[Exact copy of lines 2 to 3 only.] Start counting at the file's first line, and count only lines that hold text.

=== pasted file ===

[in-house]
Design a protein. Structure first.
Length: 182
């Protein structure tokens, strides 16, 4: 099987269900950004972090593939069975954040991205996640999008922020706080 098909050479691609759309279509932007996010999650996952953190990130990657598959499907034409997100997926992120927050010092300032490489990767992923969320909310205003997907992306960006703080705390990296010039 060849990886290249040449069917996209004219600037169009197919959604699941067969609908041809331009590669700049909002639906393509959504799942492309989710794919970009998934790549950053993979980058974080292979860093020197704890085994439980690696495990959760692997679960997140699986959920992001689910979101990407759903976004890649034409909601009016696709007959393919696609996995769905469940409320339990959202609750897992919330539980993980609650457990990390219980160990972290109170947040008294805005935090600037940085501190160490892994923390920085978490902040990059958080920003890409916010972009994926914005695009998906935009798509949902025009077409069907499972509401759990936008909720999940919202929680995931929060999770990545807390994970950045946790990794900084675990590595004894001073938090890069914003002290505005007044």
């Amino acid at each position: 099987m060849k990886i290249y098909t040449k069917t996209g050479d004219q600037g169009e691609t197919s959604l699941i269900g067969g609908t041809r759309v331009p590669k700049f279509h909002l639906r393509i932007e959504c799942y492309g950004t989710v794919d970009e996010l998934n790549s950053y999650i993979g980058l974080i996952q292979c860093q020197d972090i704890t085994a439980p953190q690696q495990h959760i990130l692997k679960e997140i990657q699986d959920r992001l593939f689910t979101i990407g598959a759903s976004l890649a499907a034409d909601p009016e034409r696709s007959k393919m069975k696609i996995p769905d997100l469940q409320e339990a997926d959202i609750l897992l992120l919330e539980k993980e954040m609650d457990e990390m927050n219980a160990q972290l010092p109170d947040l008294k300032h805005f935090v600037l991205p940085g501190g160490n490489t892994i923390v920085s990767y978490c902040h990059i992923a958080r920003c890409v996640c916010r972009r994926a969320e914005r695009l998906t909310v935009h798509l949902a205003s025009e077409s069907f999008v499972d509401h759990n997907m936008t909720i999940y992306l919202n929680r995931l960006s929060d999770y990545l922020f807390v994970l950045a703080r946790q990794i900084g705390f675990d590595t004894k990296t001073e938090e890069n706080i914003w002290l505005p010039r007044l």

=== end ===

Design a protein. Structure first.
Length: 182